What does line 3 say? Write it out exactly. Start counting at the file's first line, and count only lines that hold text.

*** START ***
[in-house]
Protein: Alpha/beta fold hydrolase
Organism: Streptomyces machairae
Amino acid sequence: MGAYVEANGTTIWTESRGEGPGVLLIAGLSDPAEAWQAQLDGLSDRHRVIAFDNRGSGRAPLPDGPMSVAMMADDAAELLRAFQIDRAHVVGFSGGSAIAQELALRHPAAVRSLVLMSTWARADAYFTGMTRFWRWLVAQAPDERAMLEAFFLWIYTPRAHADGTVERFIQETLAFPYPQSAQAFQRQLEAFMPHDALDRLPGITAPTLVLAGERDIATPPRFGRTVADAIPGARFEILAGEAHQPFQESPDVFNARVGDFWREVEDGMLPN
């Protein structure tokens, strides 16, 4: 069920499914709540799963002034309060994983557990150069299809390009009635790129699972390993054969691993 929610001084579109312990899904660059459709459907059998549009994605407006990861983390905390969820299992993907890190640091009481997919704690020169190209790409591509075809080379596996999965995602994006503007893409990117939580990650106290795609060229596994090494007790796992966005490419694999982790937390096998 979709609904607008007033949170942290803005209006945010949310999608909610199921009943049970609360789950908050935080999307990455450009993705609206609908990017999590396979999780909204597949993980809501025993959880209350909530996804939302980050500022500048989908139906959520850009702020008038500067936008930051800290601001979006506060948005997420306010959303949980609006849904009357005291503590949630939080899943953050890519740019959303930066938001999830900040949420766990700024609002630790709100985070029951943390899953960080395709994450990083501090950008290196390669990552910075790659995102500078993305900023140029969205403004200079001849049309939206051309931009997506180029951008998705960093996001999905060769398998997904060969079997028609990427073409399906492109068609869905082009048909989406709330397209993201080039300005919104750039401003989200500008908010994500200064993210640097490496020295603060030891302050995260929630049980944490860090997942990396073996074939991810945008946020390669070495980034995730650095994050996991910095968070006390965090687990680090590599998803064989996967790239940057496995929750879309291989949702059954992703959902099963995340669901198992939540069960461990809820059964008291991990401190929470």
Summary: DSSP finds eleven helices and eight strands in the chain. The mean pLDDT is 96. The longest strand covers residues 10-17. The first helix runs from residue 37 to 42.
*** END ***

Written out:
Organism: Streptomyces machairae